Value One: An Office to Caress

A visit to new Tribüne 2 office spaces at the Krieau harness racing track.
  • The client is a real estate developer.
  • The company develops projects across Europe and comprises several sub-groups.
  • theLivingCore has created an organizational master plan describing the future core processes of the organization and, based on this, a space program for the new office.
  • The design studio Marcel Wanders translated this space program into architecture, and the company leveraged the potential of the core processes in its culture. The new offices at the renovated grandstands at Krieau now work as a functional and enjoyable workplace for the employees.

When we started cooperating with the real estate developer Value One in 2016, the priorities were clear. This client was expecting something unique and attached great importance to details. We took this as an invitation to challenge the Value One team in a positive way. After all, the task was to develop a master plan for the company’s strategic direction and then translate it into core organizational processes and a new spatial concept.

Six years later, we at theLivingCore feel confident that we have achieved much together. The international orientation of Value One is progressing, the group’s companies are working together in a more integrated way, and the renovated Grandstands 2 and 3 at Krieau can be described as the highlight of successful strategic positioning.

After the opening of Grandstand 2 in 2020, we wanted to let some time pass before visiting the new office spaces. In the weeks following such an opening, there is always great hype and much praise. However, whether an office really works for people and moves the company forward can only be determined after some time. Thus, in July 2022, we visited Sabine Müller, our main point of contact during the project.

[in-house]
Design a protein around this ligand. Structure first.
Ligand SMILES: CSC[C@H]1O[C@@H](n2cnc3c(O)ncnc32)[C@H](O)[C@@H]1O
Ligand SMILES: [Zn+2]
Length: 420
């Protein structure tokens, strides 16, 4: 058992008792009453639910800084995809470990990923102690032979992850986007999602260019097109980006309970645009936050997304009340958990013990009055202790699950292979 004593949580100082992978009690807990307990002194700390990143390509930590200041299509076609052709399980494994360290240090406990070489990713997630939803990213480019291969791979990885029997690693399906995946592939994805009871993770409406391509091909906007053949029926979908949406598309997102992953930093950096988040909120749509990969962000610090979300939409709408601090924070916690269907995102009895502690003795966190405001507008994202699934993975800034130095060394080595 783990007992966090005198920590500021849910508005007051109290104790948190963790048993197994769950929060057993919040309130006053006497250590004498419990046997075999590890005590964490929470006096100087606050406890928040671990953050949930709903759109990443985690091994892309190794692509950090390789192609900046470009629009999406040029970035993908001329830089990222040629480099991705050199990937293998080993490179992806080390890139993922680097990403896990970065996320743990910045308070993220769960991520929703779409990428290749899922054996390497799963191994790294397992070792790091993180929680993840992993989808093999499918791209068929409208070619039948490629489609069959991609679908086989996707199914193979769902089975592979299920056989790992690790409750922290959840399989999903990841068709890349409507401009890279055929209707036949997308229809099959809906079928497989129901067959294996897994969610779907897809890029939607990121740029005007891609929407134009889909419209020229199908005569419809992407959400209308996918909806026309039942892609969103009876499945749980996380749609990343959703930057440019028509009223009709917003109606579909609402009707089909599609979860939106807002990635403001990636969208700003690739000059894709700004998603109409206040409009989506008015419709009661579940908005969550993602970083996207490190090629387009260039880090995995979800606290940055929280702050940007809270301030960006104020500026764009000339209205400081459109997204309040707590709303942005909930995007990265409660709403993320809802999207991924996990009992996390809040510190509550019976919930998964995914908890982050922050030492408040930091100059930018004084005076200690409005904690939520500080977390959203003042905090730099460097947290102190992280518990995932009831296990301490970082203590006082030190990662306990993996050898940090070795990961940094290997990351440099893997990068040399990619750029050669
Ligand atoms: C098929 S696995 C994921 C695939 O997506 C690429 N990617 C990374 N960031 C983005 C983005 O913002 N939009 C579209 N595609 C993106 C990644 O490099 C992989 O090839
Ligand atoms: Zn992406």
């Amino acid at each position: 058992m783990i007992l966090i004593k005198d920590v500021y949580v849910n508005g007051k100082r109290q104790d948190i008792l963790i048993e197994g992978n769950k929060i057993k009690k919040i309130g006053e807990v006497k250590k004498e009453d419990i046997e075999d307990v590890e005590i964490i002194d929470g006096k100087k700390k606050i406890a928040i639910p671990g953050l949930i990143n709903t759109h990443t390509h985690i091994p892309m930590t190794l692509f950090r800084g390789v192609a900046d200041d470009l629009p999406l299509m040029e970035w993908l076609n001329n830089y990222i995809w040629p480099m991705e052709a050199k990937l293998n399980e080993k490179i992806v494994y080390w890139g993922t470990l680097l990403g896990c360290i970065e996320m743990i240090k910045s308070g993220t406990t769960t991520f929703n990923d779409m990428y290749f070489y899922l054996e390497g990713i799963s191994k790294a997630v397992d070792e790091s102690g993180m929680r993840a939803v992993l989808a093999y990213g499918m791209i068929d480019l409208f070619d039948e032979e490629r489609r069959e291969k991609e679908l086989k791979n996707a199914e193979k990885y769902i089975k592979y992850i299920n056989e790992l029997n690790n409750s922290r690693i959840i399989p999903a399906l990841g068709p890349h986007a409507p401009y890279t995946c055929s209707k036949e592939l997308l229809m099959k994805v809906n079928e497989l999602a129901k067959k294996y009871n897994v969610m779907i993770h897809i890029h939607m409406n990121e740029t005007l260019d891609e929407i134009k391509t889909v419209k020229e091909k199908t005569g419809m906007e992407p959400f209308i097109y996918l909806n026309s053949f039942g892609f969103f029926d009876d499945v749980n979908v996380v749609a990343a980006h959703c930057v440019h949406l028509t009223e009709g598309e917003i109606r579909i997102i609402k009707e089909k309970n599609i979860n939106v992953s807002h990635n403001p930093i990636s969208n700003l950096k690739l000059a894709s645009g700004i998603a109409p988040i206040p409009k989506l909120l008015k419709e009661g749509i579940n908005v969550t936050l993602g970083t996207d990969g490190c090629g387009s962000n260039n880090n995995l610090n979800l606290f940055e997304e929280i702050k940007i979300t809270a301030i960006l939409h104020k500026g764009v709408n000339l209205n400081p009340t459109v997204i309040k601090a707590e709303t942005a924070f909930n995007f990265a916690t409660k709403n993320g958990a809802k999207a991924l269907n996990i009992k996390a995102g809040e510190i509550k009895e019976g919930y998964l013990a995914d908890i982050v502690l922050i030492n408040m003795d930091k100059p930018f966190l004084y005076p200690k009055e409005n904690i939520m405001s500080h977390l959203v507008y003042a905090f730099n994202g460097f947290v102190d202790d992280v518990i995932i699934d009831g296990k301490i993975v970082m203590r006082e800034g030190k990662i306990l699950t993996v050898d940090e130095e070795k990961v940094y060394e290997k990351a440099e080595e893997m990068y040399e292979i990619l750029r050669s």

It may sound banal, but even arriving at the garage was special: clear markings, plenty of space, short distances, and brightness are things sorely missed elsewhere – here they come with implicitness. I leave the cars behind me and walk along the trotting track towards Grandstands 2 and 3. I watch the horse-drawn carriages making their rounds on the trotting track as they do every day, listen to the quiet of the Grüner Prater, and perceive the mix of big-city buildings, housing, and working within the greenery as quite successful. 

The grandstands seem almost like an entrance gate to the forest. When you enter, your eyes immediately roam toward the sky through a colorful roof that casts a play of light on the ground. “It’s based on a hot air balloon,” says Sabine Müller, who manages the Innovation and Development department at Value One and welcomes us in the entrance hall. 

In general, the entire building is filled with stories about the trotting track, the former hunting grounds of the Austrian emperor, as well as about Value One’s own history and ambition, namely to create something special and bring beauty to a city.

And beautiful it is. Have you ever been in a building that you wanted to caress permanently? We found ourselves doing something that we thought we would never do. We were in the restroom – stroking the walls. Do you think that’s odd? Please, visit the Value One office building and go to the toilets there. Then you will understand.